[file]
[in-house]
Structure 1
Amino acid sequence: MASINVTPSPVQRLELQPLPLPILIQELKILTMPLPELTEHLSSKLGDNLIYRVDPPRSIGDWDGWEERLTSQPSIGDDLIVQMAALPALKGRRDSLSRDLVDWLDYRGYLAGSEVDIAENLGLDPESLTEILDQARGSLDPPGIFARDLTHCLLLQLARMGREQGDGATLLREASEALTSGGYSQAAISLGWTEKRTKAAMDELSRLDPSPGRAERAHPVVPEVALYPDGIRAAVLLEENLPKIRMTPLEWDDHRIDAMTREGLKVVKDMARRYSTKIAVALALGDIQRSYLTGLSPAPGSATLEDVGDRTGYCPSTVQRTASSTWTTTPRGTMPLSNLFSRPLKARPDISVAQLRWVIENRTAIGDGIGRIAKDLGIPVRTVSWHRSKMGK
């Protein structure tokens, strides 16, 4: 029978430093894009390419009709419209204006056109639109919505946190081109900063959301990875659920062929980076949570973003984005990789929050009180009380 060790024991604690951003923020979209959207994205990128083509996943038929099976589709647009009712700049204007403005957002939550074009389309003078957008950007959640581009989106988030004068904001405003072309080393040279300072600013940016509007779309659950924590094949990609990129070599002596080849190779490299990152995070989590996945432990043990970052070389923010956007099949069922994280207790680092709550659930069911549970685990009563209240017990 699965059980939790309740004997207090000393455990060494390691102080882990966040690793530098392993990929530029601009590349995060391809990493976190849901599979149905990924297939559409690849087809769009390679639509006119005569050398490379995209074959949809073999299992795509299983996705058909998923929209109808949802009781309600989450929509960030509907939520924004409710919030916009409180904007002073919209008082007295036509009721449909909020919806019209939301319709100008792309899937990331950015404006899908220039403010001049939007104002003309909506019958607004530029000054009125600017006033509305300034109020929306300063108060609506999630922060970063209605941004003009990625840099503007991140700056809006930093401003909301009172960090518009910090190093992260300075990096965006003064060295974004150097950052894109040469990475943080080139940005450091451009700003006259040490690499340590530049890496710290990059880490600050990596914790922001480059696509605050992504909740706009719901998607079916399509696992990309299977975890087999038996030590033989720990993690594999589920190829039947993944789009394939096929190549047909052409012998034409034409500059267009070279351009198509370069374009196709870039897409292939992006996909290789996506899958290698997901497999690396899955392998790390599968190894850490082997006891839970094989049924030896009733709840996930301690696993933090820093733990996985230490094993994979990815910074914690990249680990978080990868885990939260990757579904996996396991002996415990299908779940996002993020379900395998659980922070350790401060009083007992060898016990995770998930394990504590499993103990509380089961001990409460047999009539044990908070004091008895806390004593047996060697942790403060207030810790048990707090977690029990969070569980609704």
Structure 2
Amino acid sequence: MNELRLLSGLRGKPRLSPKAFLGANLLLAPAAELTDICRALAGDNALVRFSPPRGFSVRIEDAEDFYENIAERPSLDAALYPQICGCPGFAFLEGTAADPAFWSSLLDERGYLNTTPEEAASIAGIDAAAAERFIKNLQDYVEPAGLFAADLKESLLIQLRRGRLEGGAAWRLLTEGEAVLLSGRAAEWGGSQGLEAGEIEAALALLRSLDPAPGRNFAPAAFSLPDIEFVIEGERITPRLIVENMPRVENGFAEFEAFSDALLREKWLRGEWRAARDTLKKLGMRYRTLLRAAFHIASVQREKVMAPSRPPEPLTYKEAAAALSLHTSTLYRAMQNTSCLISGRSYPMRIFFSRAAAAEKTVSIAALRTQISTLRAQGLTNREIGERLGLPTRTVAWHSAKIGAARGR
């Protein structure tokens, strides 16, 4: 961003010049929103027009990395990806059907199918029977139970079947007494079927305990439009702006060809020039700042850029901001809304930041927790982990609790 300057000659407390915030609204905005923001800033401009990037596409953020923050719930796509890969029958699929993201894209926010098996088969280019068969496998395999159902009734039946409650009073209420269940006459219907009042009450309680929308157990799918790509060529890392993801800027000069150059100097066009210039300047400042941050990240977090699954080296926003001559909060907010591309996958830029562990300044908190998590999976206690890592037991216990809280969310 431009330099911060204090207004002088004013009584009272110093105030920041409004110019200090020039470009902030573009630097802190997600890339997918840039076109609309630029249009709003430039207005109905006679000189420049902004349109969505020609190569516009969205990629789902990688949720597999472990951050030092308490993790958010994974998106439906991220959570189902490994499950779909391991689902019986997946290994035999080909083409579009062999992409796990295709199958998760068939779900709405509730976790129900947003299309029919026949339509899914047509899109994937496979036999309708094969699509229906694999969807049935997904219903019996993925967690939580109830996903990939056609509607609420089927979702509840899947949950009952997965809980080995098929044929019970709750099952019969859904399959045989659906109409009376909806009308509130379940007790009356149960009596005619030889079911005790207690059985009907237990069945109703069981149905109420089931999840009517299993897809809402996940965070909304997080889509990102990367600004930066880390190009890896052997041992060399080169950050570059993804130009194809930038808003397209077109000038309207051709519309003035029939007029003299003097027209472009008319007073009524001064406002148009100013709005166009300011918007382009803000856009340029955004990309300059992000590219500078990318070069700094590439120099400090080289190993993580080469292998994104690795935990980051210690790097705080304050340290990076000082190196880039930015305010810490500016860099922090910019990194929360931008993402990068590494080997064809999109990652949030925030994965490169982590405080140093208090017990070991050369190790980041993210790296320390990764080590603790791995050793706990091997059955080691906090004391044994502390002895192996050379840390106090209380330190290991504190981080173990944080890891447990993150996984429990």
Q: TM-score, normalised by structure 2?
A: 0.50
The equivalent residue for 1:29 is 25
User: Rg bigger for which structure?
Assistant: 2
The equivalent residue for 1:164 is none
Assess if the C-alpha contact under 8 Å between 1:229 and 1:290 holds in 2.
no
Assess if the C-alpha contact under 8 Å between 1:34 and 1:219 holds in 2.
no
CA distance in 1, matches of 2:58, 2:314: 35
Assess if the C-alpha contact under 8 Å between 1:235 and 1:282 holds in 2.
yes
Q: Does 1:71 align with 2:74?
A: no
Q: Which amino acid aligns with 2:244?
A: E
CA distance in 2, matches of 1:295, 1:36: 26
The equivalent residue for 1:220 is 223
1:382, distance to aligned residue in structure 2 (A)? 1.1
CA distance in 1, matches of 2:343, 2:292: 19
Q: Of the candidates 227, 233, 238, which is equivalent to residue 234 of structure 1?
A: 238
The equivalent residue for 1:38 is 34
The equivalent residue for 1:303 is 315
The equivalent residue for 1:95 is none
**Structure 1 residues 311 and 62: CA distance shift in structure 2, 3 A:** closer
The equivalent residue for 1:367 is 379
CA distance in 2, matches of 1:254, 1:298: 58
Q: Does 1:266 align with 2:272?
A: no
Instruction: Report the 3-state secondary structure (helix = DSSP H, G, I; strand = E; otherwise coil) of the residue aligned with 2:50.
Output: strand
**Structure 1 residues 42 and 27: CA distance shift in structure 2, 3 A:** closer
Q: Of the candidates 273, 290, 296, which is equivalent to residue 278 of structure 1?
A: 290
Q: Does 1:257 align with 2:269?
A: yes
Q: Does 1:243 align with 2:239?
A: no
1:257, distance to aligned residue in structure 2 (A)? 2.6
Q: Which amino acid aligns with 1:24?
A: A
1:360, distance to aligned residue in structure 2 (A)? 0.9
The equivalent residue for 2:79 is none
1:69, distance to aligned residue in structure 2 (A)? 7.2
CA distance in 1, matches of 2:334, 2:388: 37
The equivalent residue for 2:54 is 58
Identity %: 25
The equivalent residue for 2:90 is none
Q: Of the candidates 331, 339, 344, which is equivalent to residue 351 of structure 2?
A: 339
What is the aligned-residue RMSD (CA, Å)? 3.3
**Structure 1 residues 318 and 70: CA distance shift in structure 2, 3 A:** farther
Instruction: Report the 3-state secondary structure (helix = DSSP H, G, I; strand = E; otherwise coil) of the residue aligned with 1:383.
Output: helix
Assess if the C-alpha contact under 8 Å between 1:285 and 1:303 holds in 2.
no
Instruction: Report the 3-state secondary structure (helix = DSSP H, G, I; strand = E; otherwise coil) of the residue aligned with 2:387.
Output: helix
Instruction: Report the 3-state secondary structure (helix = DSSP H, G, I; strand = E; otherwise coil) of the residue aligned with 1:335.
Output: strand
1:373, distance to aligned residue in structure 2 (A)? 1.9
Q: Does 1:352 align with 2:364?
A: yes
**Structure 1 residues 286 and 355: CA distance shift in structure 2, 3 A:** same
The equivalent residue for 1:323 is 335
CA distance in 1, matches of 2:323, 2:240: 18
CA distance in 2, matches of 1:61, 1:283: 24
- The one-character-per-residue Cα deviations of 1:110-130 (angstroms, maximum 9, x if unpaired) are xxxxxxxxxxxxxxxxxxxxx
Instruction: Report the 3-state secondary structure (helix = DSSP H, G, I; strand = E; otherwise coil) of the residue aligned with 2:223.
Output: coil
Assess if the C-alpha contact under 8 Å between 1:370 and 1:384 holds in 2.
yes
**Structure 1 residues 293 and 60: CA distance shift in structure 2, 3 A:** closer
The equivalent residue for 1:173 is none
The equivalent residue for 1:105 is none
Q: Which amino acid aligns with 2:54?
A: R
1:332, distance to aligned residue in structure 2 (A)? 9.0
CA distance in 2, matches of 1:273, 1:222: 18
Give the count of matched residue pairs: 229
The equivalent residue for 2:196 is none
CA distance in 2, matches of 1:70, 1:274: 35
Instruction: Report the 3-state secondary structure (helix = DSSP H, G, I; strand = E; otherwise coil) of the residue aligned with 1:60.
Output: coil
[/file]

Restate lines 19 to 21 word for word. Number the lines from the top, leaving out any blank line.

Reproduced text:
Assess if the C-alpha contact under 8 Å between 1:235 and 1:282 holds in 2.
yes
Q: Does 1:71 align with 2:74?